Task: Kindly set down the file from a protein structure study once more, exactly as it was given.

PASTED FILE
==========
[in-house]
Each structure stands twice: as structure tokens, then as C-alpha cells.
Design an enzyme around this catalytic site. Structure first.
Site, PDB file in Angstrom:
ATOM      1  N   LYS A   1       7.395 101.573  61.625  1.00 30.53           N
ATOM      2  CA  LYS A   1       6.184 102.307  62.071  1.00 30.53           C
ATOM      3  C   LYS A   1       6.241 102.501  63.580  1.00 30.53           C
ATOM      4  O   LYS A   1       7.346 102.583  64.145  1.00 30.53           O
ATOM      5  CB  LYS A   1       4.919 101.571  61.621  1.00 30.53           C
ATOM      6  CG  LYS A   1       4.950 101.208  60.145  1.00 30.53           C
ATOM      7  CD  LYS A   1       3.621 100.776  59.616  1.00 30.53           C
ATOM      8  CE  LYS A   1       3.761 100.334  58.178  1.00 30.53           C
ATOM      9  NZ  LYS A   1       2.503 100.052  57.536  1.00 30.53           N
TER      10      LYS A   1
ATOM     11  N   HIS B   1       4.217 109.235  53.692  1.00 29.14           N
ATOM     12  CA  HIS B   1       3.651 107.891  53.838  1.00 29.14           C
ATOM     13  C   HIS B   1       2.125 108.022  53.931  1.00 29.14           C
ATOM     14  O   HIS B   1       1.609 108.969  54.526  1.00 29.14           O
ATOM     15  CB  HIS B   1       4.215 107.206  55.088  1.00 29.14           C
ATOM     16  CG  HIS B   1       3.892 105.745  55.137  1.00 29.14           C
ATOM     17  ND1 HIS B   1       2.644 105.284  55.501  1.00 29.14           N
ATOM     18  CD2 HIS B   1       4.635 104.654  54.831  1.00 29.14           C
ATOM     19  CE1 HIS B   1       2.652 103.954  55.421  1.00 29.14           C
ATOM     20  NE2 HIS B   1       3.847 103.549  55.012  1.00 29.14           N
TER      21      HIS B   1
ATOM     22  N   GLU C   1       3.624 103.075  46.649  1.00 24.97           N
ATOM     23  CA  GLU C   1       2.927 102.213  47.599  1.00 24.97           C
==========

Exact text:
[in-house]
Each structure stands twice: as structure tokens, then as C-alpha cells.
Design an enzyme around this catalytic site. Structure first.
Site, PDB file in Angstrom:
ATOM      1  N   LYS A   1       7.395 101.573  61.625  1.00 30.53           N
ATOM      2  CA  LYS A   1       6.184 102.307  62.071  1.00 30.53           C
ATOM      3  C   LYS A   1       6.241 102.501  63.580  1.00 30.53           C
ATOM      4  O   LYS A   1       7.346 102.583  64.145  1.00 30.53           O
ATOM      5  CB  LYS A   1       4.919 101.571  61.621  1.00 30.53           C
ATOM      6  CG  LYS A   1       4.950 101.208  60.145  1.00 30.53           C
ATOM      7  CD  LYS A   1       3.621 100.776  59.616  1.00 30.53           C
ATOM      8  CE  LYS A   1       3.761 100.334  58.178  1.00 30.53           C
ATOM      9  NZ  LYS A   1       2.503 100.052  57.536  1.00 30.53           N
TER      10      LYS A   1
ATOM     11  N   HIS B   1       4.217 109.235  53.692  1.00 29.14           N
ATOM     12  CA  HIS B   1       3.651 107.891  53.838  1.00 29.14           C
ATOM     13  C   HIS B   1       2.125 108.022  53.931  1.00 29.14           C
ATOM     14  O   HIS B   1       1.609 108.969  54.526  1.00 29.14           O
ATOM     15  CB  HIS B   1       4.215 107.206  55.088  1.00 29.14           C
ATOM     16  CG  HIS B   1       3.892 105.745  55.137  1.00 29.14           C
ATOM     17  ND1 HIS B   1       2.644 105.284  55.501  1.00 29.14           N
ATOM     18  CD2 HIS B   1       4.635 104.654  54.831  1.00 29.14           C
ATOM     19  CE1 HIS B   1       2.652 103.954  55.421  1.00 29.14           C
ATOM     20  NE2 HIS B   1       3.847 103.549  55.012  1.00 29.14           N
TER      21      HIS B   1
ATOM     22  N   GLU C   1       3.624 103.075  46.649  1.00 24.97           N
ATOM     23  CA  GLU C   1       2.927 102.213  47.599  1.00 24.97           C